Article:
"I'm just going to come in [Thursday] and do what I've been doing," Karstens said. "I'm going to sit in my corner and hide."
Chances are, Karstens doesn't need too low a profile. In fact, as surrounding lockers begin to clear out, Karstens' chances of making the Major League roster appear more realistic.
On Wednesday, the Yankees reassigned four pitchers -- Matt DeSalvo, Phil Hughes, Ross Ohlendorf and Karstens' spring roommate, Chase Wright -- to Minor League camp.
None were serious candidates to go north with the Yankees in April, but as starters begin to gain strength and log more innings, Karstens is making it difficult for the Yankees to look elsewhere.
"He's been doing the same thing every time out," manager Joe Torre said. "He's been that way from the first pitch he threw in Spring Training. He really doesn't waste any time. He works quickly and basically has kept the offense on the defensive."
Karstens feels that his fortunes have been on the rise since May, when he was demoted to Double-A Trenton after starting the season 0-5 in seven starts at Triple-A Columbus.
Karstens went 6-0 with a 2.31 ERA in 11 starts for Trenton before moving back up to Triple-A and continuing his dominance for Columbus, parlaying a 5-0 record and a 1.85 ERA across seven starts into his first Major League callup on Aug. 19.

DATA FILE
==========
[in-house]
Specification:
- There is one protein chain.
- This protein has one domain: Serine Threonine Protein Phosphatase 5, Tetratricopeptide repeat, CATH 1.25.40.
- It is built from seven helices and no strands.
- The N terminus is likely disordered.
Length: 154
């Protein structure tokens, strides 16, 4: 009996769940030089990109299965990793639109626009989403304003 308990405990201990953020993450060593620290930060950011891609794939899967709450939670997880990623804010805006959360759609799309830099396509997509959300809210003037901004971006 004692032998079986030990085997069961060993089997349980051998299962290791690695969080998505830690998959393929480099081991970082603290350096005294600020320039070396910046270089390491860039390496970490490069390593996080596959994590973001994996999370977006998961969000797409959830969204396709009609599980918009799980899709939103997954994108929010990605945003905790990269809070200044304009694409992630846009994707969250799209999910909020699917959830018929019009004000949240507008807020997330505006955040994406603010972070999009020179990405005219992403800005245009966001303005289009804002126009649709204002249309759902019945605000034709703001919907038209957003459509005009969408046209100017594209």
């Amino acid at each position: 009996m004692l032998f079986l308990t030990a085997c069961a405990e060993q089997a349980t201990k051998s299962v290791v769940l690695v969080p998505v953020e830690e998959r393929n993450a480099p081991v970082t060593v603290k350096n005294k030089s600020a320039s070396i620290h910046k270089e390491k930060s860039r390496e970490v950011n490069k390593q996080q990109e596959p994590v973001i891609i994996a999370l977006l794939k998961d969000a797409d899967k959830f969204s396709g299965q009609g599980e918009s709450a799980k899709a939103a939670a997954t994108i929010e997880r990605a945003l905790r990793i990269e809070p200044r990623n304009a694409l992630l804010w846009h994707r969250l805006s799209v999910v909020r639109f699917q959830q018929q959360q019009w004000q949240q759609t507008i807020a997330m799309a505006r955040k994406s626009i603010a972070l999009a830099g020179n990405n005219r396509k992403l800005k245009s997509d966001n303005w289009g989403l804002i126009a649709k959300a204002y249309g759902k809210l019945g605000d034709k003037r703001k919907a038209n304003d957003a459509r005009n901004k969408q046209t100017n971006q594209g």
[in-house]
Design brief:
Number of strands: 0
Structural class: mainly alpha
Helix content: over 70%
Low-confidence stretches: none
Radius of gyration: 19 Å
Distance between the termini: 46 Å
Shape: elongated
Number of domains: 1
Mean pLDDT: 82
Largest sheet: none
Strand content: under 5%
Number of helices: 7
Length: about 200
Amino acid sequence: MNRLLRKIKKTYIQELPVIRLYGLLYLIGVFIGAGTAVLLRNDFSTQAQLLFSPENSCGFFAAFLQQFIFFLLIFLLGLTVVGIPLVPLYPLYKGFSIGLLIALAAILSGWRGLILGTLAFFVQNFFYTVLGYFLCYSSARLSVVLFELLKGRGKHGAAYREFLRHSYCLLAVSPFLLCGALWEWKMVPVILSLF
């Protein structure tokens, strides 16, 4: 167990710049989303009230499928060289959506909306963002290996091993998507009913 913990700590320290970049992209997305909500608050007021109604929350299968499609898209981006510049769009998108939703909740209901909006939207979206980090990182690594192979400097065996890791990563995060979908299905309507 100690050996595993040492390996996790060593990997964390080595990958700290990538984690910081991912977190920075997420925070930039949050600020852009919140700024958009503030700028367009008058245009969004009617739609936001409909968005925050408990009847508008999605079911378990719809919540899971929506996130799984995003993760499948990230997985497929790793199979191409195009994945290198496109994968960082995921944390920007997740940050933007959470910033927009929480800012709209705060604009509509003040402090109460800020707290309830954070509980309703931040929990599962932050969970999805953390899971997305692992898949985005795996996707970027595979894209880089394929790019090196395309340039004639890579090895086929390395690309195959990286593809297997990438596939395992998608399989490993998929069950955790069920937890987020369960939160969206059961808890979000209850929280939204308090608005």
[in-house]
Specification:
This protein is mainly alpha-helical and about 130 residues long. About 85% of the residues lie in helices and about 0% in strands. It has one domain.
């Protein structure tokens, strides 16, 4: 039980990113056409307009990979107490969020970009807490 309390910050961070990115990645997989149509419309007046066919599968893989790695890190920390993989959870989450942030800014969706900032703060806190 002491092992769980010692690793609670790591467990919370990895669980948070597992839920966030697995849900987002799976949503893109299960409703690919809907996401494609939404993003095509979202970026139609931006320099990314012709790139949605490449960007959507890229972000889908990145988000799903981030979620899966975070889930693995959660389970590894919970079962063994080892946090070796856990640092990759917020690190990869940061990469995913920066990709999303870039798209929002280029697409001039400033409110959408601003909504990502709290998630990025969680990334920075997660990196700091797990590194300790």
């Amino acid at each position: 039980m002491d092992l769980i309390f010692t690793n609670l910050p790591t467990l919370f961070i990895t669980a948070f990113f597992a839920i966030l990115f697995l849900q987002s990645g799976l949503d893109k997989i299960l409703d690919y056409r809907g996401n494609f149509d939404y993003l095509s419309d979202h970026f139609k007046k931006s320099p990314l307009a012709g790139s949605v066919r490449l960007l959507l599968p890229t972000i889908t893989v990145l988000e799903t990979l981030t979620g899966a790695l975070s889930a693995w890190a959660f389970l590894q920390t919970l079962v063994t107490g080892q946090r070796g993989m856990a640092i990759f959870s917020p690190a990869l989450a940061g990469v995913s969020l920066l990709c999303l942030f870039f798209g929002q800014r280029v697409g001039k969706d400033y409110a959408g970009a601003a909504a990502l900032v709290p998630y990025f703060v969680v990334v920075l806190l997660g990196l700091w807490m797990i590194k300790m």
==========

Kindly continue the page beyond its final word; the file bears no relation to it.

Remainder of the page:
"Just the way things have been going, it feels like they've been going up and up," Karstens said.
The San Diego, Calif., product admitted that he was slightly fatigued by the time he arrived in New York, having logged 147 2/3 Minor League innings to that point, but he still posted a 2-1 record with a 3.80 ERA in eight games (six starts).
That familiarity takes some of the shine off of Karstens' spring appearances, but they haven't dulled their value.
"We were aware of him before Spring Training started, because he helped us last year," Torre said. "It's not like he's surprising us. He's just continuing to impress us."
This spring, Karstens said he gained the courage to confer with a few of the Yankees' veteran pitchers on work-related topics. Andy Pettitte coached Karstens on keeping the same mindset from pregame bullpen sessions to the mound, and Mariano Rivera told Karstens to abandon a cut fastball that wasn't effective against Major League hitters.
When it comes to cutters, after all, Mo would know.
"You're so scared to talk to these guys, as a young guy in the clubhouse," Karstens said. "All you've got to do is ask and they're more than willing to give information out."
It's Karstens' goal to see to it that those words of wisdom don't go to waste.
"I'm trying to stay level-headed and relax," Karstens said. "I'm just going about my business. I don't say too much. I'd rather have what I do on the field speak for itself."